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  3. It's really interestng that I read this today. I've been thinking so much about God's will as of recent, and how I know if I'm abiding by it properly. What a sagacious insight into the nature of God... the coarse of /our/ lives shouldn't surmount the scope of God's heart. At my Bible study the other week, someone said that, even if we do not follow his will, and go off doing something else, it is not the end of it all- we can be resumed onto the right path again, despite the detour. Perhaps the detour was important in itself in strengthening us for the rest fo God's will.
    Also, it says that God will give us the desires of /our/ heart, so, as long as our desires are to glorify him (as you said) perhaps just building up a picture of what we /want/ our future to be, and meditating on it, is better than fretting about whre we are going. God wouldn't lead us down a path that we are not strong enough for... so if we are struggling with what we are occupied in, perhaps it signals that this isn't God's will.
    You're quite right, Jenny... we needn't fret.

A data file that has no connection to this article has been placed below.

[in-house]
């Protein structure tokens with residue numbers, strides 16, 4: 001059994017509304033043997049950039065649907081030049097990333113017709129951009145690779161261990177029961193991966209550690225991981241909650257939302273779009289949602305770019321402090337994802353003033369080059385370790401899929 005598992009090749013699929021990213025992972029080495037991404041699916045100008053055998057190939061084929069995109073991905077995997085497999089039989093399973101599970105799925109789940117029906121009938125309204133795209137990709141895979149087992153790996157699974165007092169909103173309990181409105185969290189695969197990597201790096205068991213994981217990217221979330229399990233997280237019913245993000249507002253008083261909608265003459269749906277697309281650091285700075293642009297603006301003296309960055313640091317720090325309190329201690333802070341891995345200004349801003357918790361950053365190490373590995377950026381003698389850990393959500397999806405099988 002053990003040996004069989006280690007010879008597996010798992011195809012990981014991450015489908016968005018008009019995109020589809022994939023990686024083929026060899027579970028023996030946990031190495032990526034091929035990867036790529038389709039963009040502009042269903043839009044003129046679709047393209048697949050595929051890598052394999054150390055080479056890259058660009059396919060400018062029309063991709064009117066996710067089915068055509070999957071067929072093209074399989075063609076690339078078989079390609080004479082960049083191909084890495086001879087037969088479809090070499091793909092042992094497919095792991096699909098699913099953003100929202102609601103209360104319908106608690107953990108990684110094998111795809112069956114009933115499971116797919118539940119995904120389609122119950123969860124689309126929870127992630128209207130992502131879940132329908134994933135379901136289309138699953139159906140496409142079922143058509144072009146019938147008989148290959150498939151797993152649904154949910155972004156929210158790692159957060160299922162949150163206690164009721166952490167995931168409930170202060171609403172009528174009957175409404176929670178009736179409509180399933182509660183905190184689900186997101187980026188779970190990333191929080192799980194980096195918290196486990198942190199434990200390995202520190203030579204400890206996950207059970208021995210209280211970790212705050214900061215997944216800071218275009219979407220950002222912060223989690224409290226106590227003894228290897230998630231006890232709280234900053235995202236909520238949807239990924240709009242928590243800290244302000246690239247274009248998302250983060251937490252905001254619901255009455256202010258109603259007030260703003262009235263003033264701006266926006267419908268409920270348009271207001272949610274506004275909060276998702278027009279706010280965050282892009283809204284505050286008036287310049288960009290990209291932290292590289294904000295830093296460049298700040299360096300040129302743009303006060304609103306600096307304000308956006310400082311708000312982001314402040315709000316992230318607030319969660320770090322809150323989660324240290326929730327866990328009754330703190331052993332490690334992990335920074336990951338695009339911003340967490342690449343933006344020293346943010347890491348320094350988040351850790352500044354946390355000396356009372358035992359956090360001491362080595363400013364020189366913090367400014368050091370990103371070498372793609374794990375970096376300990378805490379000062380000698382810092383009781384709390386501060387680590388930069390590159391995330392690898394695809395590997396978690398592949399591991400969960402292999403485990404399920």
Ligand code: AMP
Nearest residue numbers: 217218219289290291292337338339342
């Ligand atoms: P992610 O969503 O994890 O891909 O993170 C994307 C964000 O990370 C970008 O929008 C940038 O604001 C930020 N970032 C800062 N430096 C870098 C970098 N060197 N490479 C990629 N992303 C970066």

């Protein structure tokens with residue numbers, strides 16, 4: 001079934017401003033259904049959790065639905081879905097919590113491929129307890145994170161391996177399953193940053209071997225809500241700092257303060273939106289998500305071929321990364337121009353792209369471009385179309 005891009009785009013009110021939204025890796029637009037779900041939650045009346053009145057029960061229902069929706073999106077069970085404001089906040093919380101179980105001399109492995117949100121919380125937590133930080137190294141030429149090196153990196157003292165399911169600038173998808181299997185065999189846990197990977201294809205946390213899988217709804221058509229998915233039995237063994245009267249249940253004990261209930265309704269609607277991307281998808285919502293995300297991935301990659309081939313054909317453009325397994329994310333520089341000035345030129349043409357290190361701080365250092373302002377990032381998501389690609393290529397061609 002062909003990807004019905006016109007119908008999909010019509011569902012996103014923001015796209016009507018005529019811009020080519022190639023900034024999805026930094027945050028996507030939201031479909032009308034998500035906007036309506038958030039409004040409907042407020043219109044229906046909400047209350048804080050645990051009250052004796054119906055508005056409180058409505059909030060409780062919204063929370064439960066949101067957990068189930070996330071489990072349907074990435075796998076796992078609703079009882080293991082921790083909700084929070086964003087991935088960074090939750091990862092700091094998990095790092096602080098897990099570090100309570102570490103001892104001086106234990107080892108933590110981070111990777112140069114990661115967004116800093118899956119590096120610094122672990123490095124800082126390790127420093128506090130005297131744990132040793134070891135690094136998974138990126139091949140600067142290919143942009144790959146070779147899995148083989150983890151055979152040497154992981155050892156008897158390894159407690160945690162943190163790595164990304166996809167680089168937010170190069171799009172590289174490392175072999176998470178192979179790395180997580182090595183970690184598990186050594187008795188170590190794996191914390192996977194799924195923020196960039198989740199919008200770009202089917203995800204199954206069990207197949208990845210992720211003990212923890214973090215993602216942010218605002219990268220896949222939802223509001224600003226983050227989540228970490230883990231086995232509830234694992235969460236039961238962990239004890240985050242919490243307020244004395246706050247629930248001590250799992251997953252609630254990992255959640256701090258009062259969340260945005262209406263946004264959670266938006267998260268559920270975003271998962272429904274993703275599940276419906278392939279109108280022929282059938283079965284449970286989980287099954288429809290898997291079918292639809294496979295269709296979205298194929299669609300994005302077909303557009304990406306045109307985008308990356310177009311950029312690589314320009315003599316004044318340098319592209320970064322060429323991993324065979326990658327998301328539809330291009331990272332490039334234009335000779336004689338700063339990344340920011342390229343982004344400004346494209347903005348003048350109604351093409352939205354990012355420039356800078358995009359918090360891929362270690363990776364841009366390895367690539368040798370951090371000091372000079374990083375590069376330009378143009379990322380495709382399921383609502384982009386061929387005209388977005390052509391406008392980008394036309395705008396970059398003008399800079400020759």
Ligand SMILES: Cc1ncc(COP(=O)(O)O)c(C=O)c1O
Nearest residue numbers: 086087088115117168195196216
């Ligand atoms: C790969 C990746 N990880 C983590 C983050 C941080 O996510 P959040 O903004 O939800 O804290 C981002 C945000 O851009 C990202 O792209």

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  4. I've actually been reading a book recently by Kevin DeYoung that deals with this topic...and I love what you said about seeking God's heart over His specific will. It is a thing so easy to get caught in...and we do forget that we are His children. Thanks for this post Jenny! You said more in one blog-bit than the guy said in his whole book! :D

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  5. Yes, Rachel, I suppose there is something to be said for simplicity and brevity. And then there is John Owen.

    Further up and further in, Lewis said, and these are but the fringes of God's ways! I know I have seen this in my Valley of Vision, but God knows I have hardly grasped it. But I wanted you to see it, too, so that you might strive to grasp it as well.

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  6. Jennifer,

    You have hit the mark.

    Not having had a gather, seeking the Father's heart may be more difficult for me, because I don't understand such things as well. But I do know that what you've said is from Him. His sheep hear His voice.

    Thank you,

    Maria

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  7. What a funny slip I made. I had typed Father, with a capital f, then thought, 'No, that's not correct.' In fixing it I made a 'mad lib.' Oops.

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  8. Amen Jenny! My dad often preaches about this very thing. It's very sad that in our day many people see God as "indulgent". God is love but he is also a consuming fire.

    Thank you for this post I often wonder about the future and think "well what if I don't choose the right thing" but as long as we obey Him we will be doing His will and no matter what His will is done!